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I agree that it can simplify things if you have the API defined separately from the implementation. The benefits are small when you only have one implementation, but they really add up when you have many (or even only two). It may be just an artifact of my coding practice (a very non-strict form of TDD), but I prefer to create one fully implemented class first, then tease the API out of it using refactoring. –  Bill the Lizard Jun 5 '09 at 14:16
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Chances are you'll get your inteface wrong anyway if you don't have more than one implementation in mind. I recall an argument that 3 alternate implementations of an interface is a good approximate number to ensure your interface is decently accurate. –  fd. Jun 5 '09 at 16:26
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"Do not provide abstractions unless they are tested by developing several concrete implementations and APIs that consume the abstractions. If you ship abstractions without testing them in real-world scenarios, you will most likely miss design issues that are difficult or impossible to fix without introducing compatibility issues in future releases." msdn.microsoft.com/en-us/library/ms229019.aspx –  Benjol Aug 12 '09 at 7:12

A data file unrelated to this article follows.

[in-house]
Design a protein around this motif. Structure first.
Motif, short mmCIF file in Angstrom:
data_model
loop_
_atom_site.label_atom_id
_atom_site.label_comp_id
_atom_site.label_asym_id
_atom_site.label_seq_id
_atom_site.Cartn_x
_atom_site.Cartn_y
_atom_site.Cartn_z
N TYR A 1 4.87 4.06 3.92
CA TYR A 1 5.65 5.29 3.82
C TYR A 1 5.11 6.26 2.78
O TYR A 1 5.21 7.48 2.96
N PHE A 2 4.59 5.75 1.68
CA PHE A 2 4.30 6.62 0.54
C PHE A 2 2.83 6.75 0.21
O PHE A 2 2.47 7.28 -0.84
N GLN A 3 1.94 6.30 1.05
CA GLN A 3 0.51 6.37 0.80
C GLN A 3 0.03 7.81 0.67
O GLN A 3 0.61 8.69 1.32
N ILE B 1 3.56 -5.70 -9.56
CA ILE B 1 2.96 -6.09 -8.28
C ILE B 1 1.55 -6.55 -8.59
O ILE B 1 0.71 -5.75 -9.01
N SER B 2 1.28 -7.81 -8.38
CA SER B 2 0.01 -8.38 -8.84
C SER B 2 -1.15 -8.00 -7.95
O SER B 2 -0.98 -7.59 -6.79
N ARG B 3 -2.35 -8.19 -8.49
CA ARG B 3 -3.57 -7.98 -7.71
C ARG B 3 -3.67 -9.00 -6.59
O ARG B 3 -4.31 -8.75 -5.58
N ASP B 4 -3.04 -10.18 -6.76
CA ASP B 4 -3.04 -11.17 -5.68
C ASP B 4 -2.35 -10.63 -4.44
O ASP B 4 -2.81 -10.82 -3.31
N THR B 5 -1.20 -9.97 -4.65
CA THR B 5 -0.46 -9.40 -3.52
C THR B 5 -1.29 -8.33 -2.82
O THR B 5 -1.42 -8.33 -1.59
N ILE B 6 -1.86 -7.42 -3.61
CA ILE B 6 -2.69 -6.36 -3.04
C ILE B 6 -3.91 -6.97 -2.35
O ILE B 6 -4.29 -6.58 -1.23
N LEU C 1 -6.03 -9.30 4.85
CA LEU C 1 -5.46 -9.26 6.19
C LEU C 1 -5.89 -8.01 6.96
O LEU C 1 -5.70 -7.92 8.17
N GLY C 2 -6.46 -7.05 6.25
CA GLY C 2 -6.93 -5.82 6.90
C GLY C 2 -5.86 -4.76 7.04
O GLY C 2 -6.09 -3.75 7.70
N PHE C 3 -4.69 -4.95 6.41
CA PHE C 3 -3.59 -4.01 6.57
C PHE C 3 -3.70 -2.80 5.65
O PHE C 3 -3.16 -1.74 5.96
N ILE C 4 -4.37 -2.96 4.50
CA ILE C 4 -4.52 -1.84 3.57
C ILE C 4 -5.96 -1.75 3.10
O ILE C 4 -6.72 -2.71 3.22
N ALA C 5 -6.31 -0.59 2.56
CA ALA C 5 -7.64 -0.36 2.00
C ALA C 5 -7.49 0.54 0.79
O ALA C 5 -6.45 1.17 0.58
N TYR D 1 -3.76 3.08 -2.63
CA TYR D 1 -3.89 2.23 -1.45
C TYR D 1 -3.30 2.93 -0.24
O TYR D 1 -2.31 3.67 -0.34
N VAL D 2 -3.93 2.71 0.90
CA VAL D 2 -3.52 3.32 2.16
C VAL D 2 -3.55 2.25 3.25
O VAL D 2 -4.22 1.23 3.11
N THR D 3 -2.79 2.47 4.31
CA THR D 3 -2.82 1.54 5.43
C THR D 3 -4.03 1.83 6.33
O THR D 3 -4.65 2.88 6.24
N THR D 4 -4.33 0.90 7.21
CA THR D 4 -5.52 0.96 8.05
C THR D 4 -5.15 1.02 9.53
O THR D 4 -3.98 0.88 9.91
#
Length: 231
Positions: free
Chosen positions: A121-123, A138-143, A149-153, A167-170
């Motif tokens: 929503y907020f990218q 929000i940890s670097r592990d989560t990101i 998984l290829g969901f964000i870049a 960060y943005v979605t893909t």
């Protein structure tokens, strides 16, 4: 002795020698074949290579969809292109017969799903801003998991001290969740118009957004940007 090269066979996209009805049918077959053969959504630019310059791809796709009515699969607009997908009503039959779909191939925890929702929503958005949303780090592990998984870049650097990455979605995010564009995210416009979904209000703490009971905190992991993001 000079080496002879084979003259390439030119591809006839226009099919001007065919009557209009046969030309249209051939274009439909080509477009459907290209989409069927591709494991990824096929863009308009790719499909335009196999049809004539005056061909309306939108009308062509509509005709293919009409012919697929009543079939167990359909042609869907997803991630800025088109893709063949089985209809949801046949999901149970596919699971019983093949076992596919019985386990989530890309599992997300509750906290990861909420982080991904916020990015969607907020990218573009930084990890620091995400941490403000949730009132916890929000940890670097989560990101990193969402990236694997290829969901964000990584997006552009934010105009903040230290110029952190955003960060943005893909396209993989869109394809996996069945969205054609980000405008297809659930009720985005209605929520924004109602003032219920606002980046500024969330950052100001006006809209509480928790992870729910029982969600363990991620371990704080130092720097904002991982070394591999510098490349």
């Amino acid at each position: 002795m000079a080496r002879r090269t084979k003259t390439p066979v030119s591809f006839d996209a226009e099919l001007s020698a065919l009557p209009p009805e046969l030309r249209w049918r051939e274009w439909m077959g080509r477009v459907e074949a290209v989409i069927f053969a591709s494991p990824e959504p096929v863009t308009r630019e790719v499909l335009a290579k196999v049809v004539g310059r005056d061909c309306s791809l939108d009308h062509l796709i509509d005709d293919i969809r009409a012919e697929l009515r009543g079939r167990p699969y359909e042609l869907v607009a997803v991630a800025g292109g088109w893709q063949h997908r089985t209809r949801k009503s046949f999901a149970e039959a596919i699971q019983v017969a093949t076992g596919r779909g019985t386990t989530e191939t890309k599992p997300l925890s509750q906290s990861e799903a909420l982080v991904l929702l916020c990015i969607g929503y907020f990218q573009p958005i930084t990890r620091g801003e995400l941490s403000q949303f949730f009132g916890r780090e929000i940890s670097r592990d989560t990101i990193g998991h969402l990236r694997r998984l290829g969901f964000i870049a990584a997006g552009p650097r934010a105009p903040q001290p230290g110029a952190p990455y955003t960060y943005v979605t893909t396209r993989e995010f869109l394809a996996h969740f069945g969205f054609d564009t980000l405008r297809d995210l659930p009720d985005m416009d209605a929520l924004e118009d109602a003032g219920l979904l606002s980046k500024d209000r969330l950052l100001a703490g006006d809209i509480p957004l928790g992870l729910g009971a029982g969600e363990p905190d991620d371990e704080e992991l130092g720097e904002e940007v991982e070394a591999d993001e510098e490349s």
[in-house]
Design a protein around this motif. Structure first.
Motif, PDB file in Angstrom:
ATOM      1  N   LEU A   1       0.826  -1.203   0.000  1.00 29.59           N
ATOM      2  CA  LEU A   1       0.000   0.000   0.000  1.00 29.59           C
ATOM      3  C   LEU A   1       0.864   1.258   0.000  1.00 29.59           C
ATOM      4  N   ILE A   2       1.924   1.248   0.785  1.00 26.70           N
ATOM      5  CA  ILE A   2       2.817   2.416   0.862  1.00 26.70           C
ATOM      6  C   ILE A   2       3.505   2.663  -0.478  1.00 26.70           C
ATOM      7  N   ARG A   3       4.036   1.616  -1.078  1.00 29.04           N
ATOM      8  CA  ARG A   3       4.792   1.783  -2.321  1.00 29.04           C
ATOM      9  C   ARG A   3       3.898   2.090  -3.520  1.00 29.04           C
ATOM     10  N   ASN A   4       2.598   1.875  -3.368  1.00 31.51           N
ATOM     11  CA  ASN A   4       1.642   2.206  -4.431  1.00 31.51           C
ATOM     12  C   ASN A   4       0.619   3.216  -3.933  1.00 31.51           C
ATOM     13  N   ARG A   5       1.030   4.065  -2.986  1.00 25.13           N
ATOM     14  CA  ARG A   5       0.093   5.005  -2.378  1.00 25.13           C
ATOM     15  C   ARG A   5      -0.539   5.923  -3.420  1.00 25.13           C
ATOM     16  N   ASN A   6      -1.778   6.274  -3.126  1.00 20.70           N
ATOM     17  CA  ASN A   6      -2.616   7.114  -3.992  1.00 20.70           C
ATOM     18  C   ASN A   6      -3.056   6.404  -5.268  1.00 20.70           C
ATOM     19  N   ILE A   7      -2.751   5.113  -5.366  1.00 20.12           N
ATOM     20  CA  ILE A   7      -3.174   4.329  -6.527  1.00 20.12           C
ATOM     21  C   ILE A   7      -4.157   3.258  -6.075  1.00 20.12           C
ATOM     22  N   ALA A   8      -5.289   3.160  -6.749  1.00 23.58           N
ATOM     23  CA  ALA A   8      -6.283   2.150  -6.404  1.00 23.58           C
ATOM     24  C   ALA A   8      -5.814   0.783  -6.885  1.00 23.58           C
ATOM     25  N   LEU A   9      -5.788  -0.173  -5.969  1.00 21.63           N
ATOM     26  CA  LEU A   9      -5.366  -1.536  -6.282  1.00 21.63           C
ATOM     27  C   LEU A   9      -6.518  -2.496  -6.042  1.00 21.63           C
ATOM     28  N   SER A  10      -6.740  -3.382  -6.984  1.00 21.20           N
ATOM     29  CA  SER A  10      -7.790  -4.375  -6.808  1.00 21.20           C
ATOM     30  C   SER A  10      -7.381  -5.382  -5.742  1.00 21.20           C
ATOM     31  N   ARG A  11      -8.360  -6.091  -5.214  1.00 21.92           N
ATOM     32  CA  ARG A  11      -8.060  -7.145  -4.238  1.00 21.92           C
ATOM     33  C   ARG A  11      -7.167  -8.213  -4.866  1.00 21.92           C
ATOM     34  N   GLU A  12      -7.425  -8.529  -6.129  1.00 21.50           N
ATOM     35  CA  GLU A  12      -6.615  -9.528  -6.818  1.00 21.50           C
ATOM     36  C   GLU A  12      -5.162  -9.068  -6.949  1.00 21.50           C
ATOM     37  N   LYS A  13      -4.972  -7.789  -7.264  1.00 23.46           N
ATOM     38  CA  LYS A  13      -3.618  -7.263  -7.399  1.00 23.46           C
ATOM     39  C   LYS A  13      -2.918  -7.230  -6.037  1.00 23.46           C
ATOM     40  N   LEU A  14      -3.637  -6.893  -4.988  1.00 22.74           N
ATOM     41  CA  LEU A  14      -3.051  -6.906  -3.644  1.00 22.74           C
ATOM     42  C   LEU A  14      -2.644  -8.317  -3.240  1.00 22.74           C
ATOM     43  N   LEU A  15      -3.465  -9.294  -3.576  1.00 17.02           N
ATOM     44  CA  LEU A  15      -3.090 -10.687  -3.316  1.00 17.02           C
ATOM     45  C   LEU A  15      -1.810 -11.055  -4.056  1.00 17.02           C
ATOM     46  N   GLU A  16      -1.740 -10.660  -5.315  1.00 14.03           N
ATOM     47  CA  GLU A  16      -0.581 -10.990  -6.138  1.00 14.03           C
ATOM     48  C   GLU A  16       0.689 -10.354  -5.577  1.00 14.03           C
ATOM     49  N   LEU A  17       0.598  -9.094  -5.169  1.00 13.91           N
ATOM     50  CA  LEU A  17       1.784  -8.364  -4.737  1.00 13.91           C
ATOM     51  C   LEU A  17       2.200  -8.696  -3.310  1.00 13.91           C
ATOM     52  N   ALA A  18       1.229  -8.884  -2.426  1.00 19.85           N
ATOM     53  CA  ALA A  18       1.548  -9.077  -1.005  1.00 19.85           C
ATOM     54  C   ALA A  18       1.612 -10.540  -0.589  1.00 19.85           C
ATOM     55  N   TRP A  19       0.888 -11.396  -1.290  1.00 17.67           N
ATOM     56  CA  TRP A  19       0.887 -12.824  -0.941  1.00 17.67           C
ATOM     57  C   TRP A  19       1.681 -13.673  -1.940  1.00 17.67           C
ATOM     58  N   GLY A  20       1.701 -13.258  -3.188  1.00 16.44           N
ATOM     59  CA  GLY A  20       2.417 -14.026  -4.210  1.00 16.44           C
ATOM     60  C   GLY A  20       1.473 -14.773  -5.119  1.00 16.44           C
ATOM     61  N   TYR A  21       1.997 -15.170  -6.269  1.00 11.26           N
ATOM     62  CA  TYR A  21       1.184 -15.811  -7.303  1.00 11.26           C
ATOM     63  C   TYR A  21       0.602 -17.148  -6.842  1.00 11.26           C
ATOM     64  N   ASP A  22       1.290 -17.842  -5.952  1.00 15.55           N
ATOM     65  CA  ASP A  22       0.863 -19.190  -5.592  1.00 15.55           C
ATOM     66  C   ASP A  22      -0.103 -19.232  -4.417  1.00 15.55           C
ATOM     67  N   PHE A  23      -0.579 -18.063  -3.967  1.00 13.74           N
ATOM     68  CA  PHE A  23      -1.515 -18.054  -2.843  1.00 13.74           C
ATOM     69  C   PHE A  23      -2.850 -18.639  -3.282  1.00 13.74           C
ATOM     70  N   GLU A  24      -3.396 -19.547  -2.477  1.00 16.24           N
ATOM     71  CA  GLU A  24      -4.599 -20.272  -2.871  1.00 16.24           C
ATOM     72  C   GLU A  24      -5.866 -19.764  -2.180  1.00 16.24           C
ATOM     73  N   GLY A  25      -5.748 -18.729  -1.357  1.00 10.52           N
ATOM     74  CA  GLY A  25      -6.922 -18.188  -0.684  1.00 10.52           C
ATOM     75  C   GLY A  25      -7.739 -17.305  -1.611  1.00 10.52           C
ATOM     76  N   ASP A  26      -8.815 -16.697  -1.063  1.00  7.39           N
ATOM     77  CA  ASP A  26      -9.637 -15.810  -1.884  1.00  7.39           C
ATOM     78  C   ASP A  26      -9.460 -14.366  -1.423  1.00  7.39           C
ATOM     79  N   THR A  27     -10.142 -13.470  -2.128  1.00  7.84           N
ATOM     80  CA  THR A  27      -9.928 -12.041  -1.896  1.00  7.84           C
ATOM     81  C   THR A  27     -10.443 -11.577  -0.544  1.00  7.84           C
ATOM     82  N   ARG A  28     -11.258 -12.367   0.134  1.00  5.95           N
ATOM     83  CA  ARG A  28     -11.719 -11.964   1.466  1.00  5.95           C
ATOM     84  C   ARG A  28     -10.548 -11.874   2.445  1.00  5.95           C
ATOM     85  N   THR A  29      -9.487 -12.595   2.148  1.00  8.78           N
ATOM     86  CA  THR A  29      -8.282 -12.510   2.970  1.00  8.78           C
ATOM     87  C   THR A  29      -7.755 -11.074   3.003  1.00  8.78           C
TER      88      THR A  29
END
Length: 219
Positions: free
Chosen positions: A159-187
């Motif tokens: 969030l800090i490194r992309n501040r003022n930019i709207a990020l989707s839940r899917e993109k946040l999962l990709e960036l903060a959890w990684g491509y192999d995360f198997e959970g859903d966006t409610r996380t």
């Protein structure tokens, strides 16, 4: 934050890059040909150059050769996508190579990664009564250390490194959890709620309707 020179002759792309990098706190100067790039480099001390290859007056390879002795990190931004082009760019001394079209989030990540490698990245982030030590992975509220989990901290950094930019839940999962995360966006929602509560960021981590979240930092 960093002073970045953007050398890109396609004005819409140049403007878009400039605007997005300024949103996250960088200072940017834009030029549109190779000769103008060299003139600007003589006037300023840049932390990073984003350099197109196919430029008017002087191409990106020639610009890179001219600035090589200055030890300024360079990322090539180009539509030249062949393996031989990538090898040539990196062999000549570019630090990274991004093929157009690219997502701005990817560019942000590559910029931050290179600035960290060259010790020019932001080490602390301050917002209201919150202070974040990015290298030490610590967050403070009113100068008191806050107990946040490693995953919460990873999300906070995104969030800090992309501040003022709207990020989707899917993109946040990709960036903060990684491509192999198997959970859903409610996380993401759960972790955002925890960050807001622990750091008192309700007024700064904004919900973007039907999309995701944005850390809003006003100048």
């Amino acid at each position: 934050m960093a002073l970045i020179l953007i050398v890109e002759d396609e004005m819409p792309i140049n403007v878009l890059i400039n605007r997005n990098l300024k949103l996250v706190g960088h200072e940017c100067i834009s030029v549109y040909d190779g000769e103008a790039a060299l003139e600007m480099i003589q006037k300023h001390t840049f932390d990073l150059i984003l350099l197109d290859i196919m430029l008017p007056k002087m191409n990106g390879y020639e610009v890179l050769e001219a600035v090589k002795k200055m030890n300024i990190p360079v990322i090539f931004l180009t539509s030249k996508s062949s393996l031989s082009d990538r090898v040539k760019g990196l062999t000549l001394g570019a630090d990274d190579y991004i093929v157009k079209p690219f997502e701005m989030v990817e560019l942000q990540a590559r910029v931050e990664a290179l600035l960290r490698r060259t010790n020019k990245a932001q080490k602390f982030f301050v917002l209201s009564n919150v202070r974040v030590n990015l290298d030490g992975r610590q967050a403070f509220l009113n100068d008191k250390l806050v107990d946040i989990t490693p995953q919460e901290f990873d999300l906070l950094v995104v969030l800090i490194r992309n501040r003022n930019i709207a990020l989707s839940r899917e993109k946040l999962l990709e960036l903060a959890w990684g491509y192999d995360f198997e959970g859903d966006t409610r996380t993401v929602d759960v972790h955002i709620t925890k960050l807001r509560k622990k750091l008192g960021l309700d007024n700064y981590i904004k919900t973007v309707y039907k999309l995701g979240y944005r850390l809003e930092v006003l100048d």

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To separate the API from the implementation, which is often a good programming practice. It will help with readability, if nothing else. It will also allow someone using your code in the future to provide an alternate implementation of the interface if they so desire.

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Isn't that what public and private (and protected) are for? –  Aardvark Jun 5 '09 at 14:17
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Strictly speaking, only if you want to inherit functionality from a superclass. –  MattK Jun 5 '09 at 14:33